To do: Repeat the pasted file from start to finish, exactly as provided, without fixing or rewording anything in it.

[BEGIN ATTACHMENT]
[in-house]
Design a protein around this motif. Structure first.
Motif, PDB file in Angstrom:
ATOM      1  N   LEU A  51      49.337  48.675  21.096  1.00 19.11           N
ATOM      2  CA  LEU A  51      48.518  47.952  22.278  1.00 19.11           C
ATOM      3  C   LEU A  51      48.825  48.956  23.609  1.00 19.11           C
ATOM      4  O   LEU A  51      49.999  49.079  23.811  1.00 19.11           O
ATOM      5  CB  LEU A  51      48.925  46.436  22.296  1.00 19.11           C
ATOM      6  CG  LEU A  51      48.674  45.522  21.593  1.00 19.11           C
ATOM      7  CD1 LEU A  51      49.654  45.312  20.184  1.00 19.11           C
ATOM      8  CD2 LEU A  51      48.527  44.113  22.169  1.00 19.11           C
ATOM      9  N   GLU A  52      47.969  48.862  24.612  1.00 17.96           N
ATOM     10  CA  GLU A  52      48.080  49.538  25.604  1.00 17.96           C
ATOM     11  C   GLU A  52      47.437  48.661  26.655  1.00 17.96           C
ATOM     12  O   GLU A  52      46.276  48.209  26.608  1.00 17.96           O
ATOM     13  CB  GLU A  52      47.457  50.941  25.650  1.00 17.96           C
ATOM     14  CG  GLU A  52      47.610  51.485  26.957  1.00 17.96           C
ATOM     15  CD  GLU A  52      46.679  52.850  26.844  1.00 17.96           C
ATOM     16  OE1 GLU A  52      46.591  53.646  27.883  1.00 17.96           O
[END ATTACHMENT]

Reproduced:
[in-house]
Design a protein around this motif. Structure first.
Motif, PDB file in Angstrom:
ATOM      1  N   LEU A  51      49.337  48.675  21.096  1.00 19.11           N
ATOM      2  CA  LEU A  51      48.518  47.952  22.278  1.00 19.11           C
ATOM      3  C   LEU A  51      48.825  48.956  23.609  1.00 19.11           C
ATOM      4  O   LEU A  51      49.999  49.079  23.811  1.00 19.11           O
ATOM      5  CB  LEU A  51      48.925  46.436  22.296  1.00 19.11           C
ATOM      6  CG  LEU A  51      48.674  45.522  21.593  1.00 19.11           C
ATOM      7  CD1 LEU A  51      49.654  45.312  20.184  1.00 19.11           C
ATOM      8  CD2 LEU A  51      48.527  44.113  22.169  1.00 19.11           C
ATOM      9  N   GLU A  52      47.969  48.862  24.612  1.00 17.96           N
ATOM     10  CA  GLU A  52      48.080  49.538  25.604  1.00 17.96           C
ATOM     11  C   GLU A  52      47.437  48.661  26.655  1.00 17.96           C
ATOM     12  O   GLU A  52      46.276  48.209  26.608  1.00 17.96           O
ATOM     13  CB  GLU A  52      47.457  50.941  25.650  1.00 17.96           C
ATOM     14  CG  GLU A  52      47.610  51.485  26.957  1.00 17.96           C
ATOM     15  CD  GLU A  52      46.679  52.850  26.844  1.00 17.96           C
ATOM     16  OE1 GLU A  52      46.591  53.646  27.883  1.00 17.96           O